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Let Us Not Grow Weary

homeschool mom and sonNote: This article is taken from I Am, I Can, I Ought, I Will, our 2012 Charlotte Mason personal calendar journal. See details below.

To this day I don’t remember where, when, or whom; but I do remember the three-letter word and its power to completely change my attitude. Someone suggested that I tack this little word onto the end of any negative statement, such as “I can’t” or “My child is not able to” or “I haven’t gotten around to it.” I took this person’s advice, and it has made a world of difference in how I view my progress.

Do you know which powerful three-letter word I’m referring to? It is yet. “My child can’t read yet.” “I haven’t taught her how to cook yet.” “I am not consistent in following through yet.”

(That same person also recommended that I teach my children to add yet on the end of any “I can’t” statement, and that little word has relieved many a charged conversation.)

You see, the yet adds hope to our minds. We may not have reached our goal, but there is still opportunity to attain, there is still time to succeed.

Good Habits and Good Ideas

As we discussed earlier, the main tools we parents have in our hands to help our children become the best they can be—to live out I am, I can, I ought, I will to the fullest—are good habits and good ideas.

We feed their minds with loving, noble, good ideas to inspire them, to train their consciences, and to direct their reasoning. And we work with them to instill good habits in order to fortify their wills and make those good decisions easier.

But sometimes it seems like our efforts are in vain. Some days we can’t see any fruit from our labor, and we feel like we have failed. Those are the moments when we need to use that three-letter word stubbornly!

“My child doesn’t seem to know where the laundry hamper is . . . yet.”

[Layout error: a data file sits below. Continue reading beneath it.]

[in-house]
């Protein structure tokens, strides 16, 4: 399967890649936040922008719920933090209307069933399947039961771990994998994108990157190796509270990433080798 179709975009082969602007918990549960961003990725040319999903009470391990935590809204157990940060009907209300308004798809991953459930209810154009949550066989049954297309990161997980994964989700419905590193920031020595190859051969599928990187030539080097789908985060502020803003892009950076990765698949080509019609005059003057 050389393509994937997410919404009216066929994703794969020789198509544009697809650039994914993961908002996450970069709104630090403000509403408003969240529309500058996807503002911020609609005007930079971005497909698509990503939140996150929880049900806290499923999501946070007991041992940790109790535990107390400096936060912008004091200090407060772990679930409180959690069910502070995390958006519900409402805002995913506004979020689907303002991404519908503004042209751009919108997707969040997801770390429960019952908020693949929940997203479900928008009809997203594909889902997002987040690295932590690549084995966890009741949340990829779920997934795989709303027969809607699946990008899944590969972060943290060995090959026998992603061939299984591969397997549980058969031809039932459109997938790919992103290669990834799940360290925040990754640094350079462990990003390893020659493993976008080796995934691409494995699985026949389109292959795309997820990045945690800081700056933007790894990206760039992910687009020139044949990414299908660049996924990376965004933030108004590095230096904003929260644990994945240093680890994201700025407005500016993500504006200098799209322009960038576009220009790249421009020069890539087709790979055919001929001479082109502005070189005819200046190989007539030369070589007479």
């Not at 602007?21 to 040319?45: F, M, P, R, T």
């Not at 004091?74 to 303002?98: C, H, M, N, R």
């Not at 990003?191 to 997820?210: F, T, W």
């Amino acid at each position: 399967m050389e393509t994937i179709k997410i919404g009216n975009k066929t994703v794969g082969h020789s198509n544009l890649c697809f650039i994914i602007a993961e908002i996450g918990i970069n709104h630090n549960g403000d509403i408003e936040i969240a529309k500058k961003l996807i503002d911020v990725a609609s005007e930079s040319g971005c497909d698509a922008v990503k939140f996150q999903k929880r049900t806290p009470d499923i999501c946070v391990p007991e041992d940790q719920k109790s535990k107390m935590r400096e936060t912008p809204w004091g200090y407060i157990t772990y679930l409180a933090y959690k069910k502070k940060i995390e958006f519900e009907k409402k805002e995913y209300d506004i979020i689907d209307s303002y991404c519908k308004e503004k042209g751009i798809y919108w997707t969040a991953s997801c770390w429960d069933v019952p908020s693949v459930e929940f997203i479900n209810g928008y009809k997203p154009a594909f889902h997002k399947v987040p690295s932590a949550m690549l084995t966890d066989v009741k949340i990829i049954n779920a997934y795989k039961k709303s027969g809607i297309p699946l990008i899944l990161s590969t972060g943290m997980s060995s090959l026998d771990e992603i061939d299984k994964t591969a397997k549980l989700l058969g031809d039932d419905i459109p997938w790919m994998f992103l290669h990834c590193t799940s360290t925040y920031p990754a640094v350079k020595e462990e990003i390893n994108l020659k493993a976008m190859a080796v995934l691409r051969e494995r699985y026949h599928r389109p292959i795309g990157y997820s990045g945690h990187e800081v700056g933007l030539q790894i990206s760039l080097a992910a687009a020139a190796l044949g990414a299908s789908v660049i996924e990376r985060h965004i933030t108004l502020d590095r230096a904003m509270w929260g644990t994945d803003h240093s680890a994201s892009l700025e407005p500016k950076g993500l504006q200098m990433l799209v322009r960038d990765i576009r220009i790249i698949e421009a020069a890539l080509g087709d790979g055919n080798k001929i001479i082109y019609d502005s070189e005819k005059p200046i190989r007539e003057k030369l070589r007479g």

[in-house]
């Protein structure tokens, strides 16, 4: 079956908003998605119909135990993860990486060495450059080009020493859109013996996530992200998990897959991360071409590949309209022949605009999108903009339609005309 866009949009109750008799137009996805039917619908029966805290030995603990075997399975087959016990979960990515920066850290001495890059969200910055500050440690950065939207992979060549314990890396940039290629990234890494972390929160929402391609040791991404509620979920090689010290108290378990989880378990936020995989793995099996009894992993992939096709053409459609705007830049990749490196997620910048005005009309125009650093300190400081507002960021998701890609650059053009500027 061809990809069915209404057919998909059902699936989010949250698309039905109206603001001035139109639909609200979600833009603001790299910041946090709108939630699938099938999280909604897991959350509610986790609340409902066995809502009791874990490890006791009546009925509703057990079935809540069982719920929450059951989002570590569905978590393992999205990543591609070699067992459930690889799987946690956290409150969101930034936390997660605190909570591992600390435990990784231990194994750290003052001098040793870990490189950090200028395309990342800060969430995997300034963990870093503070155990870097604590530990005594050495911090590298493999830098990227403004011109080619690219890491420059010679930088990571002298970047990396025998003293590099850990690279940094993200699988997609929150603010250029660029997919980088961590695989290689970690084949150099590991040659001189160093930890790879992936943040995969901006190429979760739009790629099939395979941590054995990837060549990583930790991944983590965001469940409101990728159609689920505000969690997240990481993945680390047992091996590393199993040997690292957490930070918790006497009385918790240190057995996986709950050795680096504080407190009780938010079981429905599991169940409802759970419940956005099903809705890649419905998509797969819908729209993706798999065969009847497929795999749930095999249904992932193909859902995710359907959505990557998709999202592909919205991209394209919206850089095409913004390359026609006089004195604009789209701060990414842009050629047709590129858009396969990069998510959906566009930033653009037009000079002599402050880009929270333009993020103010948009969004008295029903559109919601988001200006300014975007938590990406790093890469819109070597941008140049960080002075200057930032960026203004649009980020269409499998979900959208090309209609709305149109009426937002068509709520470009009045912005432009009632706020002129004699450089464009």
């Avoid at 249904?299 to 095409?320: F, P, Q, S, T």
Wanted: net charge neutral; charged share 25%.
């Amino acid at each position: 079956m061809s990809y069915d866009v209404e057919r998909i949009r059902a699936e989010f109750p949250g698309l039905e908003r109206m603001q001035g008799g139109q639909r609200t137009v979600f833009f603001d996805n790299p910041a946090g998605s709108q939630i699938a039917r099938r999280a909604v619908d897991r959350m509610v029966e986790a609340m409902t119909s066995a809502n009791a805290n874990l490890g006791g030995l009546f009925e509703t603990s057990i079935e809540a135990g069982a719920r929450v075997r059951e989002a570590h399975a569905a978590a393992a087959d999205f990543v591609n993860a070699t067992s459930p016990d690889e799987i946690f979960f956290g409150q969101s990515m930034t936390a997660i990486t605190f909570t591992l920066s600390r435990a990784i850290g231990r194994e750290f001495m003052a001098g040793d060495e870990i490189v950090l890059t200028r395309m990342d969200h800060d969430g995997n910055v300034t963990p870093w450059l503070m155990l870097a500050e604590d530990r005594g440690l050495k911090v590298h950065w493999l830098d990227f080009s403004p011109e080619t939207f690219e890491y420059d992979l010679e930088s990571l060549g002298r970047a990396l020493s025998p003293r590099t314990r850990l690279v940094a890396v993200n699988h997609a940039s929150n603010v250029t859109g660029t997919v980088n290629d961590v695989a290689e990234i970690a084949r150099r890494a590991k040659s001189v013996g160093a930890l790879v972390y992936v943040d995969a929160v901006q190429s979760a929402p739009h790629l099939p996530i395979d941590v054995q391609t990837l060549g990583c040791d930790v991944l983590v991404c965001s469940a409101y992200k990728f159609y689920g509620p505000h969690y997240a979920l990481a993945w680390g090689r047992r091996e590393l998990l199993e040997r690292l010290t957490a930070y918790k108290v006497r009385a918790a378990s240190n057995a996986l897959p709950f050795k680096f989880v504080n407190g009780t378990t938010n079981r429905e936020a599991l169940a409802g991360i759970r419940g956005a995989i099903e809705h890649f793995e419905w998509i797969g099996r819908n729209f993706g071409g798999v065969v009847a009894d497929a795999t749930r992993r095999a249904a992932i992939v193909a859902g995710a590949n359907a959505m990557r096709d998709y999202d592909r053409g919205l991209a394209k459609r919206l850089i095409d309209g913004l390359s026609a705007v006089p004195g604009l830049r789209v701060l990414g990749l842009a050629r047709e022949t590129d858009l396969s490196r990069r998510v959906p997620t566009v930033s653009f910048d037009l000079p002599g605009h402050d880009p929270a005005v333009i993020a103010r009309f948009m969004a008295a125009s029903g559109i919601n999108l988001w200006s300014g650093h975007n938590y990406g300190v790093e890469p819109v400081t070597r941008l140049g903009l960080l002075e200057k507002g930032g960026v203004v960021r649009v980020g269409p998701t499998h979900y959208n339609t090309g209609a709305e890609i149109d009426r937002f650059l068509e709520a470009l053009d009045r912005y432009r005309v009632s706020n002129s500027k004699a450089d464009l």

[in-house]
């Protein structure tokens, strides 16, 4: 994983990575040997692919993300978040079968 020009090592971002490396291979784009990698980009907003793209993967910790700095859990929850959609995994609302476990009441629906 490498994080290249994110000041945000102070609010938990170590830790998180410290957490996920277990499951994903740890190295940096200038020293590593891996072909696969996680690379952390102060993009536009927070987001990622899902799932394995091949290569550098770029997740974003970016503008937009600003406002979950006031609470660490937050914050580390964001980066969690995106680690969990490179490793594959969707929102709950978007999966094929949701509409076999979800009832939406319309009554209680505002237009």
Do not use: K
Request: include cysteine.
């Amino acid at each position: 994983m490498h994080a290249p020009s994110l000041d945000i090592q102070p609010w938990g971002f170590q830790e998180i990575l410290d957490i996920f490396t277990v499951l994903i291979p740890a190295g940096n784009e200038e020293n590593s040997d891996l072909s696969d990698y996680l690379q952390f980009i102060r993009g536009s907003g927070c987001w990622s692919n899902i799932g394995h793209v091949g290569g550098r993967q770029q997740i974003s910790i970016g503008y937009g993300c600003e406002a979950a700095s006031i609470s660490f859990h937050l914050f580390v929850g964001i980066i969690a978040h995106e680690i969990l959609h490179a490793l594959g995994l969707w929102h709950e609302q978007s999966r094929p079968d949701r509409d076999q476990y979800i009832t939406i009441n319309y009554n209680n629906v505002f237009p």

“My child won’t pay attention . . . yet.”

“My child can’t control her temper . . . yet.”

“My child hasn’t learned the difference between I want and I will . . . yet.”

“My child doesn’t appreciate humility . . . yet.”

There is still hope for change, and it will come as most growth does: through consistent effort in the small things.

Hear Charlotte’s words of encouragement to you. Write them on your heart (and maybe on your bathroom mirror too).

“Let us not despise the day of small things nor grow weary in well-doing” (Vol. 3, p. 23).

You are doing a great work. Don’t lose heart. Don’t think that the small, everyday things are insignificant; they aren’t. Those small things add up to a powerful force welling up inside your child.

Will change come as quickly as you want it to? Probably not. But that doesn’t mean it’s not coming. Remember that powerful three-letter word as you watch your child grow in understanding all that is entailed in I am, I can, I ought, I will.

Don’t be discouraged! There is hope!

Honey, you ain’t seen nothing . . . yet!

2012 Charlotte Mason Personal Calendar Journal

Our 2012 personal calendar journal is chock full of encouraging articles like the one you just read. If you are looking for a calendar that will speak to your heart and give you helpful reminders and ideas as you raise your children, I Am, I Can, I Ought, I Will is for you.

With spacious calendars, places for prayer requests and gentle reminders, plenty of inspiring quotes, and lots of room to write, this calendar journal will become a beautiful keepsake record of your year.

Download the free sample and order your calendar in time for the new year!

4 Responses to “Let Us Not Grow Weary”

  1. Nanci November 30, 2011 at 6:33 pm #

    WOW! The power of words! Thank you for this insightful and excellent (as always) post.

  2. Sarah December 1, 2011 at 12:31 am #

    Thank you…this encouraged me today. 🙂

  3. Michelle December 1, 2011 at 10:28 am #

    Blessed. Thank you!

    Just yesterday I was treated to a lovely surprise when my son (dyslexic) wrote his entire narrative essay himself and with very minimal errors. The thoughts flowed in an orderly fashion, the handwriting was not floating above the line, and the spacing was good. 2 weeks ago he had done a half page similar essay with some help from me but also neatly ledgible on the line. I was surprised at the time and wondered what was different. This time his essay was a full page and little help from me other than some requests for spelling.

    The process of handwriting has been such a struggle, I had envisioned my self sitting next to him and helping him write college essays. Would he ever be able to be more independent in writing? Would his bottom to top, right to left letter formation ever be ledgible? I only needed to add the word, yet.

    Thank you, Sonya!

  4. Sue December 19, 2011 at 11:00 pm #

    I re-read this today – because I needed to be reminded again. Hope is what I often need when I am not able to see beyond today’s struggle that seems to be going nowhere. Tacking that little word on the end will give me – and my children -hope! Thank you!

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